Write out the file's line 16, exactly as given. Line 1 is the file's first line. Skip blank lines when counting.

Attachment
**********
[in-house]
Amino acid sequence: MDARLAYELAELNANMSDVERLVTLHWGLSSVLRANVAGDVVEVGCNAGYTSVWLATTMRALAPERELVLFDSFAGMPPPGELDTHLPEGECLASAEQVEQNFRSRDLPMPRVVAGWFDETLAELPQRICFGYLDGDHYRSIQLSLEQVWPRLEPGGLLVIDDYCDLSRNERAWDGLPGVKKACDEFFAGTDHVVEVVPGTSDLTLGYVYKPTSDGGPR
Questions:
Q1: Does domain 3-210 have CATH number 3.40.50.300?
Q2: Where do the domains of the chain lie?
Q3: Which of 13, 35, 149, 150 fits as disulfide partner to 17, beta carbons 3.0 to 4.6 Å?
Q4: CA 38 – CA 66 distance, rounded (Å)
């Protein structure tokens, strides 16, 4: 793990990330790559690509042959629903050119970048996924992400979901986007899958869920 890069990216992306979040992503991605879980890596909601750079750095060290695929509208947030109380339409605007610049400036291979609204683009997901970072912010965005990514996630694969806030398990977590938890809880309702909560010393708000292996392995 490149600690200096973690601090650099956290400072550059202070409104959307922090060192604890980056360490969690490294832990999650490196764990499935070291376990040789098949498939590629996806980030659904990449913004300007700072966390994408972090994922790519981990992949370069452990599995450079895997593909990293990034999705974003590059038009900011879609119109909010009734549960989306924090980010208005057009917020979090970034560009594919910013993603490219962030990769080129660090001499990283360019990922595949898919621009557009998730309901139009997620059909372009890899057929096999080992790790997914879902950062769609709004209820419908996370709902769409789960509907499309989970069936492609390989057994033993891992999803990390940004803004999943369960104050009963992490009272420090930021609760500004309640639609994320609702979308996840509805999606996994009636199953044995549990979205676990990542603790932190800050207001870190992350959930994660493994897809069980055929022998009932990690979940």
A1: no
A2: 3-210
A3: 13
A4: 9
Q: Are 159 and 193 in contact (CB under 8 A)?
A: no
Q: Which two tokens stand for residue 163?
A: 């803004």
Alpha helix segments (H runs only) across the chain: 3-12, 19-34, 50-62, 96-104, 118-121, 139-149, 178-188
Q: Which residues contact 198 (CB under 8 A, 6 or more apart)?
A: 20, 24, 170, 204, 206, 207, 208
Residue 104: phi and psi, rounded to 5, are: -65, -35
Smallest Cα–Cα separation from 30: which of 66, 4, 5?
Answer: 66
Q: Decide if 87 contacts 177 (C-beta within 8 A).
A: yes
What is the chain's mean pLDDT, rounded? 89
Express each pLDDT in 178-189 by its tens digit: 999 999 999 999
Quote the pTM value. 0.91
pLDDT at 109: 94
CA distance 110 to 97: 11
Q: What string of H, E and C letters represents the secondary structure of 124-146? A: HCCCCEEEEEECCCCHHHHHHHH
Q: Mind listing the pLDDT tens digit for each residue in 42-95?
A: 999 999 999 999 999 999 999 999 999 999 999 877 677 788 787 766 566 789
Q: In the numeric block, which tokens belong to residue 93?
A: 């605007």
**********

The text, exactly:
A: 């803004």